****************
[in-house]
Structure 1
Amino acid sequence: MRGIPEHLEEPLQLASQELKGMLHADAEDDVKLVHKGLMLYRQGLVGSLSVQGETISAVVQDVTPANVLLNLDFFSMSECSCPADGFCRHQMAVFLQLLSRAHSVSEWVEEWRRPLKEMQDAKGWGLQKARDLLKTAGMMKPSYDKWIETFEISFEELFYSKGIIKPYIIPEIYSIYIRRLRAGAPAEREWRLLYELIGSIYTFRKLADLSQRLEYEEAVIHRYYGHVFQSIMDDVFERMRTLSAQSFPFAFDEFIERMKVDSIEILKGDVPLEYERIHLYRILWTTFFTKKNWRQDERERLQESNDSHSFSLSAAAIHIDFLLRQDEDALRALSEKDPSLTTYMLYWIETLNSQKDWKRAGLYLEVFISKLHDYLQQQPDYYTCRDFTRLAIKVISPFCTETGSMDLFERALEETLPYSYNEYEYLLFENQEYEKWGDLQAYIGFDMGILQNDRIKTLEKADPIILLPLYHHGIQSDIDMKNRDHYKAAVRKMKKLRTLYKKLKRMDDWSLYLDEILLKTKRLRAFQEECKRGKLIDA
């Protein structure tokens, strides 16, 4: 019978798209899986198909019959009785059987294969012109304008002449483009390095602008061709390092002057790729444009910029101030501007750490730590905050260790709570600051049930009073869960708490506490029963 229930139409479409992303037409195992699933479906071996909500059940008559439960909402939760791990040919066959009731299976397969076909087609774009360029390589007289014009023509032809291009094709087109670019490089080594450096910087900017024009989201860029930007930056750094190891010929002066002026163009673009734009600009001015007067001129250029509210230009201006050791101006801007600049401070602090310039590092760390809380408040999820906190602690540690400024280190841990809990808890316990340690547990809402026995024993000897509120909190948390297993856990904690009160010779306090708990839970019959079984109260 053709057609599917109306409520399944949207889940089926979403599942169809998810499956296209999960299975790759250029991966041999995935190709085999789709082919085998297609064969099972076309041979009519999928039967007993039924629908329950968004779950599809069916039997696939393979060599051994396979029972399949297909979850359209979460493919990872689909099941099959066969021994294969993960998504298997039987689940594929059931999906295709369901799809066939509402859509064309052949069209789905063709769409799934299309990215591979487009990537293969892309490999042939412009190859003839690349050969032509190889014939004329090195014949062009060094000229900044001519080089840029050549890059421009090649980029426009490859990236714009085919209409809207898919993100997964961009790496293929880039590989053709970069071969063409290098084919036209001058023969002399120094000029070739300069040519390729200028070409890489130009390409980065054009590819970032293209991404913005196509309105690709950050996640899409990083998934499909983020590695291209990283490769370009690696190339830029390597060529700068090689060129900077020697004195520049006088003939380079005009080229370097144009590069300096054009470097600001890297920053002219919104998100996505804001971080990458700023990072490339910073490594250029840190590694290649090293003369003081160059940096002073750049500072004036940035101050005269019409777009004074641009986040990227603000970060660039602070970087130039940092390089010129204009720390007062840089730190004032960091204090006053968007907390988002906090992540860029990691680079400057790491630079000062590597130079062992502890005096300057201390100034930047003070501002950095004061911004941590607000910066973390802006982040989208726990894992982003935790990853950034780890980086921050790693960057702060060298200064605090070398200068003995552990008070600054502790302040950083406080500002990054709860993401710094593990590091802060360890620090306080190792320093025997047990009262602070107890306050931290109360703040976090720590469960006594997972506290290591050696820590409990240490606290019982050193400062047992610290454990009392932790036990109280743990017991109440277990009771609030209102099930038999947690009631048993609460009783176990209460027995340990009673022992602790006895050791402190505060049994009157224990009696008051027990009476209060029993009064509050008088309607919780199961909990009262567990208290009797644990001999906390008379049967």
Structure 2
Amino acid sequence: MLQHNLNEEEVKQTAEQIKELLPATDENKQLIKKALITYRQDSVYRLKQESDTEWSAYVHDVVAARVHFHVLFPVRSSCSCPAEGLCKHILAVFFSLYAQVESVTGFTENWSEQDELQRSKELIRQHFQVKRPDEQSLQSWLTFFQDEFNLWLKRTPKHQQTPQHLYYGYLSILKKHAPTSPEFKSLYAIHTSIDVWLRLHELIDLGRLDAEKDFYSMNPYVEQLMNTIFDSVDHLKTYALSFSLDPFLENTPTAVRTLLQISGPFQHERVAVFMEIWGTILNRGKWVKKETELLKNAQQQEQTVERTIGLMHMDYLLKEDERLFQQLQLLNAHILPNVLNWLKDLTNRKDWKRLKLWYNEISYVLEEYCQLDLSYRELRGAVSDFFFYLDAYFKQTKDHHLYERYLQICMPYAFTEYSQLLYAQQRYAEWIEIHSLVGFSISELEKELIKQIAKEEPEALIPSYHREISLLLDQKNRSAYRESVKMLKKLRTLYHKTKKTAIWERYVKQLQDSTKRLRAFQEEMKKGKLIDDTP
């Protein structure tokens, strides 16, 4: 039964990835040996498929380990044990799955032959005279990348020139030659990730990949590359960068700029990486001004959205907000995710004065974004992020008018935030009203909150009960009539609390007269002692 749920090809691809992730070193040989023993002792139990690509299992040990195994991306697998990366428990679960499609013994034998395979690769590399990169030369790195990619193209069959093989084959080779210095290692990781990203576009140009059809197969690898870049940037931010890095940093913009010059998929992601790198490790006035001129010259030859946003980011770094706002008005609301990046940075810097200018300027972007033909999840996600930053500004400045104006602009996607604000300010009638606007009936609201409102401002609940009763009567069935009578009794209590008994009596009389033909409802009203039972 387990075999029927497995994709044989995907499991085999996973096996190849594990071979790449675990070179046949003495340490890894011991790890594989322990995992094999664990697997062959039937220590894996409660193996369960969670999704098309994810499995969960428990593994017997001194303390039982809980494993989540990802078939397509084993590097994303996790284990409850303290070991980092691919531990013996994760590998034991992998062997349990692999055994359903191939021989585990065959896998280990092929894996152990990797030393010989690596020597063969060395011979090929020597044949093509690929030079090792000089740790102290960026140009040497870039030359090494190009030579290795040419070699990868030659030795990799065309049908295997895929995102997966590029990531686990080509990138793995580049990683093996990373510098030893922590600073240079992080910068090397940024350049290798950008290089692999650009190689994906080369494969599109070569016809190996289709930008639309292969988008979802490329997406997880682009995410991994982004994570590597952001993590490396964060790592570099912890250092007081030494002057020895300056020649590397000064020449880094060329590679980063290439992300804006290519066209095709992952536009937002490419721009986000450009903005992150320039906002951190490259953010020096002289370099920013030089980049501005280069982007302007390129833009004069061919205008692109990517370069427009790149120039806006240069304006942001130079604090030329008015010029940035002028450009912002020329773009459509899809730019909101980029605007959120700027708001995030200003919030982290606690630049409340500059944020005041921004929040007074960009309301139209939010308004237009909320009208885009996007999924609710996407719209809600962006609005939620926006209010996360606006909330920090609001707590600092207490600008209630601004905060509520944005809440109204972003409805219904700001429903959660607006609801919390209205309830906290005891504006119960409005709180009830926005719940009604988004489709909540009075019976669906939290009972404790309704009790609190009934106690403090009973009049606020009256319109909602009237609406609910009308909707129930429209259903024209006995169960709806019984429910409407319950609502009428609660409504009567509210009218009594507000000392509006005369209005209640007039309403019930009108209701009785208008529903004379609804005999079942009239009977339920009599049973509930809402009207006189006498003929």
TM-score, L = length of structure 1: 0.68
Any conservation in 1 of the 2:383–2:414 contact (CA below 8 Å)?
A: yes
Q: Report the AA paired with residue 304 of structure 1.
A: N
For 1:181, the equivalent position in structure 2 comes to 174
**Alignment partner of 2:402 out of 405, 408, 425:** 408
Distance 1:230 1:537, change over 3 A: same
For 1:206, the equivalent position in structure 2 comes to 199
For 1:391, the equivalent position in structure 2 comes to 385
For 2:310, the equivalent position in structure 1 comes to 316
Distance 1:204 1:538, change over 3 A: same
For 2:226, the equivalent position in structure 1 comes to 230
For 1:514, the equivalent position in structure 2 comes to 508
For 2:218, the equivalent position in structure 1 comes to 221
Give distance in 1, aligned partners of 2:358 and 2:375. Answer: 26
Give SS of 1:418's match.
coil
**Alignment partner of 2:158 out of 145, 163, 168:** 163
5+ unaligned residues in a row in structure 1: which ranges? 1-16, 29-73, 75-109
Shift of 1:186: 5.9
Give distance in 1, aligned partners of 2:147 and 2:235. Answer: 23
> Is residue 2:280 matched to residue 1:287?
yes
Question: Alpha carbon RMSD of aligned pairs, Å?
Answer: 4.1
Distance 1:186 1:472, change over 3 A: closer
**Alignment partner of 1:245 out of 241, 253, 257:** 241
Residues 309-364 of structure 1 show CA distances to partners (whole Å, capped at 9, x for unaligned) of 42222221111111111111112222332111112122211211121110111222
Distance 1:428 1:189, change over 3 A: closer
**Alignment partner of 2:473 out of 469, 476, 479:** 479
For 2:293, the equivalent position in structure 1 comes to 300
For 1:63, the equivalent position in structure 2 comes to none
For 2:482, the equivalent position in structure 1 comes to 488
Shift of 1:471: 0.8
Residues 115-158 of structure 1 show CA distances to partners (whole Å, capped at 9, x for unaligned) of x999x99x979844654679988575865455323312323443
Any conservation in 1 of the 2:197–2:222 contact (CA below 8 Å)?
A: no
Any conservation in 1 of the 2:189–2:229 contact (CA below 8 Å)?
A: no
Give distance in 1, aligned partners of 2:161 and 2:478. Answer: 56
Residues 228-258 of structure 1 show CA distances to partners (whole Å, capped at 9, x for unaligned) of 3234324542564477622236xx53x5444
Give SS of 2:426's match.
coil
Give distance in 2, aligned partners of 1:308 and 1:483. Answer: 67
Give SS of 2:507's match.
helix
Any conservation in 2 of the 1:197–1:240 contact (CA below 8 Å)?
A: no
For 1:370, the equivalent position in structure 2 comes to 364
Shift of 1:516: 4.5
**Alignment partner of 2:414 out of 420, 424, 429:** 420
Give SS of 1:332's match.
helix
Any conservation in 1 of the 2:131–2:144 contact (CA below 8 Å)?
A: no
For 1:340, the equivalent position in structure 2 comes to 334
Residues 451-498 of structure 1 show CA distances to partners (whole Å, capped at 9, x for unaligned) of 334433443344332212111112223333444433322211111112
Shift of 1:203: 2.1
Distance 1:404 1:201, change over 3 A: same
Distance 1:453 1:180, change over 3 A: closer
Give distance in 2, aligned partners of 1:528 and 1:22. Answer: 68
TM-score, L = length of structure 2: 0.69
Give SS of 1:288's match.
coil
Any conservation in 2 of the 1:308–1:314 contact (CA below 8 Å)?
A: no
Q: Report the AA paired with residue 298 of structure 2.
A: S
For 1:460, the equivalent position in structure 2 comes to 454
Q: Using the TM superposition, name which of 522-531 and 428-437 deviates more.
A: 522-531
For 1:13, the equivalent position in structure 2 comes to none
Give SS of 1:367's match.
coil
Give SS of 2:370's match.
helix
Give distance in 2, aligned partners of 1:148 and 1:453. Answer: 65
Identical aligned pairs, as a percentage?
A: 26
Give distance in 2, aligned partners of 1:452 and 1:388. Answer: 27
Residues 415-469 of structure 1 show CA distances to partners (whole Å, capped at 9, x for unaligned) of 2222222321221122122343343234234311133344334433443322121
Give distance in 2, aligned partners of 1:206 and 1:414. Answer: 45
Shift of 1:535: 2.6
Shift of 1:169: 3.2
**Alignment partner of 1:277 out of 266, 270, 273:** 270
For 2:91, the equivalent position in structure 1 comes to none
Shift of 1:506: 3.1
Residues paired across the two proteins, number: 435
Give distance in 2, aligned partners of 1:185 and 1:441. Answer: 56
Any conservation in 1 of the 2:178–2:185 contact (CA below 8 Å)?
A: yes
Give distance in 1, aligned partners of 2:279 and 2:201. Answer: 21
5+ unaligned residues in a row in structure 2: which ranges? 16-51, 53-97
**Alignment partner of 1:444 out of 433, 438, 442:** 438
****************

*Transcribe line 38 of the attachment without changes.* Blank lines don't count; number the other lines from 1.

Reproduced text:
**Alignment partner of 2:473 out of 469, 476, 479:** 479